Ember.js 1.9.1 Released

– By Tom Dale

Today, the Ember team is pleased to announce the release of Ember.js 1.9.1. Ember 1.9.1 fixes one regression and introduces more conservative escaping of attributes to help developers guard against inadvertent cross-site scripting (XSS) vulnerabilities.

{{view}} Helper & Instances

The 1.9.0 release introduced a regression where the Handlebars {{view}} helper would only work with Ember.View subclasses, not instances. In 1.9.1, passing a view instance to the helper has been fully restored.

We intended to deprecate this functionality, not remove it entirely. If your app was relying on this behavior, first, please accept our apologies for the accidental regression. Second, please consider refactoring your code to use components instead of views, as support for this API will be removed in Ember 2.0.

XSS Improvements for Bound Attributes

XSS vulnerabilities happen when you unintentionally put unescaped user-supplied content into the DOM, creating a vector for attackers to trick the browser into evaluating JavaScript that has the same access to data as your legitimate JavaScript.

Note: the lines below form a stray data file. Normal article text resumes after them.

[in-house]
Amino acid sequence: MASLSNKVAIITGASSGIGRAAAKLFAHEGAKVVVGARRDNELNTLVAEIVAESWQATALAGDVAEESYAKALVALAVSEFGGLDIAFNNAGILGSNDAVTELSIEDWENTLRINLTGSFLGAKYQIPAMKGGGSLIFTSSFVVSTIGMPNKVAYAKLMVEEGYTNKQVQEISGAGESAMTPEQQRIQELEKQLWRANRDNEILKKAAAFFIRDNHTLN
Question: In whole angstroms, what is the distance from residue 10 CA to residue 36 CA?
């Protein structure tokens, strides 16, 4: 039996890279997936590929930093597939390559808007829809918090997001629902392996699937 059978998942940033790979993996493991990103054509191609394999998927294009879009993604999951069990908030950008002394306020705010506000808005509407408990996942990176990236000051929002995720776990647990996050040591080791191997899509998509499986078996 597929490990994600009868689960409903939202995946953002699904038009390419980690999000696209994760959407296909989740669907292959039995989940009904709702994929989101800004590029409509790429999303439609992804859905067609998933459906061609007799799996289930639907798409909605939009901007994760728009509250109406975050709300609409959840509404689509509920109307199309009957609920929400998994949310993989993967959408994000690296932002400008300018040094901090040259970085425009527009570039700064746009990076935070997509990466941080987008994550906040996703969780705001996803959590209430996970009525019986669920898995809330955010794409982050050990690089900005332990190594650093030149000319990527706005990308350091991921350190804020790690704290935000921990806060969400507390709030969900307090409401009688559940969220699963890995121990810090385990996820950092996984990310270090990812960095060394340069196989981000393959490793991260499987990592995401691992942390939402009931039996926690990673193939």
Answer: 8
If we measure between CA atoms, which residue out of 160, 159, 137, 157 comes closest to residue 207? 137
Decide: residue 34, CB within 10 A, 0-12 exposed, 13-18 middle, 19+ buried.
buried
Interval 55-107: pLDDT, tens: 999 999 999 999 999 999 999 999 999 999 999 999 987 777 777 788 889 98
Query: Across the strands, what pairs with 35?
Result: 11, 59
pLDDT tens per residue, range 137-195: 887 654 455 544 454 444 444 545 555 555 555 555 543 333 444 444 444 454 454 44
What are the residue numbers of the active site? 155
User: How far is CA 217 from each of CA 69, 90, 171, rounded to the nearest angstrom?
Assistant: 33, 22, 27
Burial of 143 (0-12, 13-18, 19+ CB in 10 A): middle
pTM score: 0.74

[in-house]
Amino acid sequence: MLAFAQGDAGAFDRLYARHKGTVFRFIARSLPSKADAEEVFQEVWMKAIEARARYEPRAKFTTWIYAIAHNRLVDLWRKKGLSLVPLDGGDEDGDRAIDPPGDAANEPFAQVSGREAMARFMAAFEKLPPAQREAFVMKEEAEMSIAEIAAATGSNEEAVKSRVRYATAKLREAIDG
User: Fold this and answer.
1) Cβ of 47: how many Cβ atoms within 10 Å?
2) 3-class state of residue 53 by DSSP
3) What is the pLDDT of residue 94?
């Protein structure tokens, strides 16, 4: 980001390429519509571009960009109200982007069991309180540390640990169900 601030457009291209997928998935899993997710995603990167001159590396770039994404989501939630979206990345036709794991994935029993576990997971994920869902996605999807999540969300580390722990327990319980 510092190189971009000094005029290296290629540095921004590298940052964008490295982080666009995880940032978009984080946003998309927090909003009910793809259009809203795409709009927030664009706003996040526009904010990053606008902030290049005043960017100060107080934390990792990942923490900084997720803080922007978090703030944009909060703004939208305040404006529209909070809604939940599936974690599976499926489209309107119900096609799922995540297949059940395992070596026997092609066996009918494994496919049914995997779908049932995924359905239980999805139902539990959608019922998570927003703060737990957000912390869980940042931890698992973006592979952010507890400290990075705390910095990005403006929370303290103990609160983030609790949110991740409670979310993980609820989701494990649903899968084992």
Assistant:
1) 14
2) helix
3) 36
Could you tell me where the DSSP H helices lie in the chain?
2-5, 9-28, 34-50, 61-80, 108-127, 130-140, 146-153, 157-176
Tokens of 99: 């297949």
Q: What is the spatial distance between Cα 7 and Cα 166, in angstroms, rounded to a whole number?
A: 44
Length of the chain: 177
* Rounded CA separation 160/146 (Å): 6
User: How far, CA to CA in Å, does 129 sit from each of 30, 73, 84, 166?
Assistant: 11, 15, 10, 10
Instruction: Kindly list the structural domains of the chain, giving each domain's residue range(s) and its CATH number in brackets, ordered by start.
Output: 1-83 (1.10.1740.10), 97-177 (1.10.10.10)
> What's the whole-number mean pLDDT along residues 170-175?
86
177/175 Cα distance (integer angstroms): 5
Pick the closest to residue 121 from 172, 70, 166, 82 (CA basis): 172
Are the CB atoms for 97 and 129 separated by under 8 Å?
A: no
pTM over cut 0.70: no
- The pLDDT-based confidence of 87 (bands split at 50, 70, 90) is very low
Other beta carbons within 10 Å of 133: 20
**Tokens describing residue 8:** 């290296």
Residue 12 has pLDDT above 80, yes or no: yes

Since its inception, Ember.js has automatically guarded against these attacks by HTML-escaping any bound data that goes into the DOM. For example, given this model data:

  "firstName": "<script type=javascript>alert('pwned!');</script>"

The following template would not be vulnerable to XSS:

Hello, {{firstName}}!

That's because Ember automatically replaces the < and > characters with &lt; and &gt;.

However, there is still another potential exploit vector: bound attributes.

Let's say you display a profile for your users and allow them to supply an arbitrary homepage that your app links to:

{{!-- app/templates/user.hbs --}}
First Name: {{firstName}}
Homepage: <a {{bind-attr href=homepageUrl}}>{{homepageUrl}}</a>

While this template may look harmless at first glance, imagine a malicious user provides the following data:

  "firstName": "Guardians of Peace",
  "homepageUrl": "javascript:alert('Kim Jong Un is not to be

If the attacker can induce another user to click the profile link, you will have inadvertently allowed their JavaScript to be evaluated in the same origin as your trusted code.

As of Ember 1.9.1, we will automatically escape any bound href, src or background attributes that contain a javascript: or vbscript: protocol handler by prefixing their value with unsafe:.

We are also releasing a new beta version of Ember 1.10 that contains even more targeted fixes. Thanks to the additional power the HTMLbars parser gives us, these attributes will only be escaped on elements where they trigger a top-level navigation and thus a potential exploit: a, body, link, iframe, and img.

We'd like to thank Mano and Manoharan from Zoho for responsibly disclosing this potential XSS vector and working with us to find a solution that helps developers write secure apps.